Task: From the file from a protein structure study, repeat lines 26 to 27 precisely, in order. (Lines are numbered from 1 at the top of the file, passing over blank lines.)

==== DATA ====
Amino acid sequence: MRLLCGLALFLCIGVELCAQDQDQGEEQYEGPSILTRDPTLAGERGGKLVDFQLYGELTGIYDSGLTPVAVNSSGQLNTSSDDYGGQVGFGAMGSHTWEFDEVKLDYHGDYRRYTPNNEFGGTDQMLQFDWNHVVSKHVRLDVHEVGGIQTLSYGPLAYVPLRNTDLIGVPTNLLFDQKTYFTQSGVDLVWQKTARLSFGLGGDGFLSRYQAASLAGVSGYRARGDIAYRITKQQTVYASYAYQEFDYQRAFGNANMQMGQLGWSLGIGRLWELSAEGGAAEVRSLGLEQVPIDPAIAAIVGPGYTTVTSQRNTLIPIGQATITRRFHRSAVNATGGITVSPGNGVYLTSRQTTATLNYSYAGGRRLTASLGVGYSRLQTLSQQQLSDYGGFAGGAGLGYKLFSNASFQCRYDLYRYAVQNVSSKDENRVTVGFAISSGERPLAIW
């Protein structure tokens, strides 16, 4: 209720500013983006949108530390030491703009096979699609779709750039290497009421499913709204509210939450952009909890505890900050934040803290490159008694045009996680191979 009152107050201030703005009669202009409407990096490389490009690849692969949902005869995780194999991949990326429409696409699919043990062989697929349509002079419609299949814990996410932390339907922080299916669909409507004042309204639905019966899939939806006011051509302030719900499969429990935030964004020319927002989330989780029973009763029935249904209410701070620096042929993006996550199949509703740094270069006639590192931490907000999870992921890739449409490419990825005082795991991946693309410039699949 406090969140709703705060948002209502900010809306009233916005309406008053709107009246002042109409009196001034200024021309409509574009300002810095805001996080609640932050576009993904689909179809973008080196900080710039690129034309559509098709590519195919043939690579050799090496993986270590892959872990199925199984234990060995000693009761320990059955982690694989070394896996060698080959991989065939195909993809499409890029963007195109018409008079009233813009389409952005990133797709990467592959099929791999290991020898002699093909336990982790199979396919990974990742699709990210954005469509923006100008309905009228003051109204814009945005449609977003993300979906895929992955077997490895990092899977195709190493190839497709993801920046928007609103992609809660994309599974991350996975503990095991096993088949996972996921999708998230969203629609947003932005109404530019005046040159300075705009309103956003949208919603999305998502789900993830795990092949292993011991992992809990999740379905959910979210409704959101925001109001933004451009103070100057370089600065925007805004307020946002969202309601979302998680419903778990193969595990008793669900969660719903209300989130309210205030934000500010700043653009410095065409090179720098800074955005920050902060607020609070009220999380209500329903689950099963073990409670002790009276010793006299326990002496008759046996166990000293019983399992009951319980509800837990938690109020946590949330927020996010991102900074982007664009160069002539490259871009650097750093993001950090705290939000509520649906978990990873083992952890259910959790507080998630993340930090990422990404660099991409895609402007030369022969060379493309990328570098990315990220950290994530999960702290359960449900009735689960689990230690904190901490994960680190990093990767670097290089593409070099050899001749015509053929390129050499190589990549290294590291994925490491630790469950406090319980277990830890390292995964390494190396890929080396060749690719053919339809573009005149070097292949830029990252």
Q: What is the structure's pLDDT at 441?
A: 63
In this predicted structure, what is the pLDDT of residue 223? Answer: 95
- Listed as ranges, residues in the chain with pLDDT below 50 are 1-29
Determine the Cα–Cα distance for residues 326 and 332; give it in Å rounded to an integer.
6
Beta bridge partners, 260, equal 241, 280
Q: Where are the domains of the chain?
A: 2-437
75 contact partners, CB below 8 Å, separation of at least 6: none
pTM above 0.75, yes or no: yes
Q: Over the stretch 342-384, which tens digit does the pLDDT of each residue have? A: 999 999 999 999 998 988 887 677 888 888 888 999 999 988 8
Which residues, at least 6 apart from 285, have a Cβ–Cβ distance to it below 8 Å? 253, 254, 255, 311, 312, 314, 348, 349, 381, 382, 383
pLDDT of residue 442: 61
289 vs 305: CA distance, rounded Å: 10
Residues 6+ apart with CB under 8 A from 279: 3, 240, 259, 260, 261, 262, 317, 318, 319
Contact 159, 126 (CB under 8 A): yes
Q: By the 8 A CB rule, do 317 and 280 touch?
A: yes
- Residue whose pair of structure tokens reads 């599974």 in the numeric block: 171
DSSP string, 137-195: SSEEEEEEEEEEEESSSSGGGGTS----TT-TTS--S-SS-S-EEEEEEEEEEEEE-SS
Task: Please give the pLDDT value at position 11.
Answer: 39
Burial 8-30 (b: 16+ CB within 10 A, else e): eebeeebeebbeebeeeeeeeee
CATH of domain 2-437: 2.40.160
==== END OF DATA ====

Burial 8-30 (b: 16+ CB within 10 A, else e): eebeeebeebbeebeeeeeeeee
CATH of domain 2-437: 2.40.160